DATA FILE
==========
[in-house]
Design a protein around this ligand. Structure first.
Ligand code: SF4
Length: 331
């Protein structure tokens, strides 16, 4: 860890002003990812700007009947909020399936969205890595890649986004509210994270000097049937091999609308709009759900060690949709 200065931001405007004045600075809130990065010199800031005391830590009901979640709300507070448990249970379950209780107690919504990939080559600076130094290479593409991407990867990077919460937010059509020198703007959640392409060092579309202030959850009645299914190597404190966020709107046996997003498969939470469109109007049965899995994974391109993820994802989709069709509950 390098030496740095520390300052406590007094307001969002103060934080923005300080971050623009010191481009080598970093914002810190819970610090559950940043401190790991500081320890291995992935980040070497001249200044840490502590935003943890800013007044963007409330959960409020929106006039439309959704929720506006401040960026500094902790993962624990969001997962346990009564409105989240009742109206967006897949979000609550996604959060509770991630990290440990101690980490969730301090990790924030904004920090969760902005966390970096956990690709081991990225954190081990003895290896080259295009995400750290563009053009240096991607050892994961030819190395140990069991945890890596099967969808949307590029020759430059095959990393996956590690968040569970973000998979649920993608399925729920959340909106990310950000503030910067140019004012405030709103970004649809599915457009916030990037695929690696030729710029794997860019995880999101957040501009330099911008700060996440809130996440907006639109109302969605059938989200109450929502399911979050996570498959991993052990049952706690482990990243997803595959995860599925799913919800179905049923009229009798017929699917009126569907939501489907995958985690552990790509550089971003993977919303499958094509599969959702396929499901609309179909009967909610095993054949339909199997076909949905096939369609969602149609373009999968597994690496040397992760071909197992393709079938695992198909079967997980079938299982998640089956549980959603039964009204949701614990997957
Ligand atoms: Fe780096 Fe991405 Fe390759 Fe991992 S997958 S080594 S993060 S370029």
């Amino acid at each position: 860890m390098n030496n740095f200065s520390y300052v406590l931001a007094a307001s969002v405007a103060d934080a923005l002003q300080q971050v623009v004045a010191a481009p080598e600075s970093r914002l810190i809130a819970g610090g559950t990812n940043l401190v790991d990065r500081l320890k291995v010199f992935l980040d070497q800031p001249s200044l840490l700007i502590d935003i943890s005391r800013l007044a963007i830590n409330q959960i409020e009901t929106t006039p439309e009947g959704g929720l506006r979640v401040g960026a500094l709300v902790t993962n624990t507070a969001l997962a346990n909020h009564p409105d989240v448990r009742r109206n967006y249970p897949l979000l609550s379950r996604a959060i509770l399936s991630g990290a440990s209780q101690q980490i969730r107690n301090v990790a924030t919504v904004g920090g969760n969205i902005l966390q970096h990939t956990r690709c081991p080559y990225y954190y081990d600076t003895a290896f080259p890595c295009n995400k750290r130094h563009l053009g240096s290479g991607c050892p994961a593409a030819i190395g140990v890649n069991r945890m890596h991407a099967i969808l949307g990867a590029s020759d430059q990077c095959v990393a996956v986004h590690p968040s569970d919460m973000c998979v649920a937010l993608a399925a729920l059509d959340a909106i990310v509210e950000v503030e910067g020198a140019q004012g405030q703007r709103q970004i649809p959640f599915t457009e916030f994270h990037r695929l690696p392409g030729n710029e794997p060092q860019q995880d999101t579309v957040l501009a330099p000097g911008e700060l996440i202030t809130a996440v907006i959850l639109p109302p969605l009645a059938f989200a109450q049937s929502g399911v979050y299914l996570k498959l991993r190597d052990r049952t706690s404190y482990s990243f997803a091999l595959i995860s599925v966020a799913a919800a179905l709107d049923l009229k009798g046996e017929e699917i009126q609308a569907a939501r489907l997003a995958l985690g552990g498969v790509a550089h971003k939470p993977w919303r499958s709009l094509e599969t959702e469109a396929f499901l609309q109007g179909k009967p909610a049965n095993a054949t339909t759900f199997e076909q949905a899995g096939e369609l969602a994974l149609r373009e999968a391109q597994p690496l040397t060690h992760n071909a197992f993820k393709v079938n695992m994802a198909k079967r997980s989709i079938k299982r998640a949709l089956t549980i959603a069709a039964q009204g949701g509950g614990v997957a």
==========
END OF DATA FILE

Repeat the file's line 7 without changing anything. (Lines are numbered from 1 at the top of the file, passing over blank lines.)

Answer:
């Amino acid at each position: 860890m390098n030496n740095f200065s520390y300052v406590l931001a007094a307001s969002v405007a103060d934080a923005l002003q300080q971050v623009v004045a010191a481009p080598e600075s970093r914002l810190i809130a819970g610090g559950t990812n940043l401190v790991d990065r500081l320890k291995v010199f992935l980040d070497q800031p001249s200044l840490l700007i502590d935003i943890s005391r800013l007044a963007i830590n409330q959960i409020e009901t929106t006039p439309e009947g959704g929720l506006r979640v401040g960026a500094l709300v902790t993962n624990t507070a969001l997962a346990n909020h009564p409105d989240v448990r009742r109206n967006y249970p897949l979000l609550s379950r996604a959060i509770l399936s991630g990290a440990s209780q101690q980490i969730r107690n301090v990790a924030t919504v904004g920090g969760n969205i902005l966390q970096h990939t956990r690709c081991p080559y990225y954190y081990d600076t003895a290896f080259p890595c295009n995400k750290r130094h563009l053009g240096s290479g991607c050892p994961a593409a030819i190395g140990v890649n069991r945890m890596h991407a099967i969808l949307g990867a590029s020759d430059q990077c095959v990393a996956v986004h590690p968040s569970d919460m973000c998979v649920a937010l993608a399925a729920l059509d959340a909106i990310v509210e950000v503030e910067g020198a140019q004012g405030q703007r709103q970004i649809p959640f599915t457009e916030f994270h990037r695929l690696p392409g030729n710029e794997p060092q860019q995880d999101t579309v957040l501009a330099p000097g911008e700060l996440i202030t809130a996440v907006i959850l639109p109302p969605l009645a059938f989200a109450q049937s929502g399911v979050y299914l996570k498959l991993r190597d052990r049952t706690s404190y482990s990243f997803a091999l595959i995860s599925v966020a799913a919800a179905l709107d049923l009229k009798g046996e017929e699917i009126q609308a569907a939501r489907l997003a995958l985690g552990g498969v790509a550089h971003k939470p993977w919303r499958s709009l094509e599969t959702e469109a396929f499901l609309q109007g179909k009967p909610a049965n095993a054949t339909t759900f199997e076909q949905a899995g096939e369609l969602a994974l149609r373009e999968a391109q597994p690496l040397t060690h992760n071909a197992f993820k393709v079938n695992m994802a198909k079967r997980s989709i079938k299982r998640a949709l089956t549980i959603a069709a039964q009204g949701g509950g614990v997957a």